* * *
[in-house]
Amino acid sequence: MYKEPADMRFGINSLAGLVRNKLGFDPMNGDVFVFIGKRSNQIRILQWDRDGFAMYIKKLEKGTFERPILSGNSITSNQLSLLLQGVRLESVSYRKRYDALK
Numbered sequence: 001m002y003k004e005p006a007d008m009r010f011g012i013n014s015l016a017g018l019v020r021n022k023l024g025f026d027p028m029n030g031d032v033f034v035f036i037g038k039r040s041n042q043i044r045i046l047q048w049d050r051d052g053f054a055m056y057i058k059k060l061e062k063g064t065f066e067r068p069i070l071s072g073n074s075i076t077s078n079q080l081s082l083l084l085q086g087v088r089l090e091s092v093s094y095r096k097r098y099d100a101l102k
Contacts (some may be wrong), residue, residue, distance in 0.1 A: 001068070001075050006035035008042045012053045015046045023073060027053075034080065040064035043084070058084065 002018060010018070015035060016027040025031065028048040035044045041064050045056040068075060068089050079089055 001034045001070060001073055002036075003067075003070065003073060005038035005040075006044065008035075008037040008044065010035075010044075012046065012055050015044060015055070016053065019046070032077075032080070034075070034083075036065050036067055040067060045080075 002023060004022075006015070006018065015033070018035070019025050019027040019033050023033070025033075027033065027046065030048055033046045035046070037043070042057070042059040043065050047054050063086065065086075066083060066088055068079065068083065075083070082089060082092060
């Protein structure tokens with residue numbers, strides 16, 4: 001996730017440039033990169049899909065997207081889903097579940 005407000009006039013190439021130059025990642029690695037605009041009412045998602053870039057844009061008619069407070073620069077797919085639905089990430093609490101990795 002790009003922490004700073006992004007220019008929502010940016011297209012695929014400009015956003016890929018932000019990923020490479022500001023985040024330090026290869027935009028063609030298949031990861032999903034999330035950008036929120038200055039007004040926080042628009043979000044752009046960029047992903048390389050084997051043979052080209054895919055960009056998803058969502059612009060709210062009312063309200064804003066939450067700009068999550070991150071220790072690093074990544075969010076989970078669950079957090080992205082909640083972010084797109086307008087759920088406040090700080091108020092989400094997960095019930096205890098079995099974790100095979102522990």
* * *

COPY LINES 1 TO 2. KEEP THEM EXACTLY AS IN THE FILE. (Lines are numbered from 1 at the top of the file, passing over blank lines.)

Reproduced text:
[in-house]
Amino acid sequence: MYKEPADMRFGINSLAGLVRNKLGFDPMNGDVFVFIGKRSNQIRILQWDRDGFAMYIKKLEKGTFERPILSGNSITSNQLSLLLQGVRLESVSYRKRYDALK